At this time, there are minimal supplies on the students’ desks.  The empty red writing binder and 5 tab dividers, a word studydesktop test book, a spiral notebook used as a math journal, crayons and a bookmark.  Once my class list is fairly final — on Monday during Staff Orientation — I’ll add a personalized materials.  Working in urban schools for the last 20+ years has taught me to be cautious about personalizing materials until the students actually arrive in the classroom.  Over the last week my class roster has fluctuated from 18 to 20 to 19 as students move around the district to another elementary school.  Students will continue to enroll in the District through the week after Labor Day as not all parents will be familiar with the early start date.

Melissa and I read through the cumlative folders and IEPs of the incoming students.  It is good to think and plan ahead for these students: How can we adapt and change materials so that everyone feels successful? There are so many questions that need answers.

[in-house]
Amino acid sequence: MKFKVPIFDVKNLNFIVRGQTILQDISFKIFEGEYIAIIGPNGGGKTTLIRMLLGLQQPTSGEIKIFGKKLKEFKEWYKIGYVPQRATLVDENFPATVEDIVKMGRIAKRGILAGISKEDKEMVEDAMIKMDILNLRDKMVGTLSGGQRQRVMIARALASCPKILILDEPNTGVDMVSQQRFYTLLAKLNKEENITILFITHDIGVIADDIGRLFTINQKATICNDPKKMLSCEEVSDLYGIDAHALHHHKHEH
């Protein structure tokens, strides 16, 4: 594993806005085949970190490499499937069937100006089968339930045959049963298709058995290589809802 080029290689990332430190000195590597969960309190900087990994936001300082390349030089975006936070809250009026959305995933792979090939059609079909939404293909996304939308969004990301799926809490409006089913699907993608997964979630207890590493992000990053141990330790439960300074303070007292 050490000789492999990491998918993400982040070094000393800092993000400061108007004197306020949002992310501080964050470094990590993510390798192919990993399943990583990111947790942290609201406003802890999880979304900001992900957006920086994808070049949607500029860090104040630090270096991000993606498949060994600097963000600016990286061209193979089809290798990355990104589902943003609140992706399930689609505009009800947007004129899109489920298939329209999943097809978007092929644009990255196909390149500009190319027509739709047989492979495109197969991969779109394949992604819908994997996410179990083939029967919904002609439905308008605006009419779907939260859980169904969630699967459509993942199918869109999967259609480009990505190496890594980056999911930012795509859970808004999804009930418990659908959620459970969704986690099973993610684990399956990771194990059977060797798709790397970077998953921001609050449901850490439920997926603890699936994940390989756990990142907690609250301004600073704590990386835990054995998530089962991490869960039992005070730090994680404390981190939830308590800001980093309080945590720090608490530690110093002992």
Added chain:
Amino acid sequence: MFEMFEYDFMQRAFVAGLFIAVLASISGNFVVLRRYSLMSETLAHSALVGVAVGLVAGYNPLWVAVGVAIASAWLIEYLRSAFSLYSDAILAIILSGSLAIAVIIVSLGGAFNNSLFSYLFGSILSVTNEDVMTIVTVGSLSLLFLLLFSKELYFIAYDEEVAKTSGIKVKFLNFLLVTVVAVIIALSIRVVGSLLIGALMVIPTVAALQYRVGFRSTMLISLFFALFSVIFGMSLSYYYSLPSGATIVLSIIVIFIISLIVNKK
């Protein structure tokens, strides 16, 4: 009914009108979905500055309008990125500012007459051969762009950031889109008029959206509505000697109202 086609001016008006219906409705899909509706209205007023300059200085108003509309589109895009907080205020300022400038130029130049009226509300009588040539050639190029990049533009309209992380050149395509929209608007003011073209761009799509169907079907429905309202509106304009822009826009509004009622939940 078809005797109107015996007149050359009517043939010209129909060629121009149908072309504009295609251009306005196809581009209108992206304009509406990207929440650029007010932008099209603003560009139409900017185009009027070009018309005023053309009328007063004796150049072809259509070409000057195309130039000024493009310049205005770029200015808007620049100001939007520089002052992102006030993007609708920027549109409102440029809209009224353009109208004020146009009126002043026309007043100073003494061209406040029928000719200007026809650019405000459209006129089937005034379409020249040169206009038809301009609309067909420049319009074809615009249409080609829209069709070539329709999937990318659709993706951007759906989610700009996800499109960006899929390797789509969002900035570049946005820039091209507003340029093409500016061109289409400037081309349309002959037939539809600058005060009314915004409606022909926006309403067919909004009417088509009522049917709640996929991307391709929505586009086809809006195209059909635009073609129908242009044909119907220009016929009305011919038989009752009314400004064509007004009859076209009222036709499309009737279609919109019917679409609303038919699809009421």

As of today, the physical space is prepared. The first 3 days of plans have been sketched out, and I am as ready as I can be at the moment. Waiting for the first bell on Tuesday with lots of First Day Jitters.

Organization Day 3

Time 4.5 hours

After cleaning and arranging the large items in my classroom, it is time to start prepping for the students’ arrival.  I purchased an additional 10 cardboard magazine files to be used as book boxes. That makes a total of 24.  I am prepping for 24 because that, in theory, is the maximum number of students that may fill the classroom — however, there’s always the possibility that more students arrive than anticipated.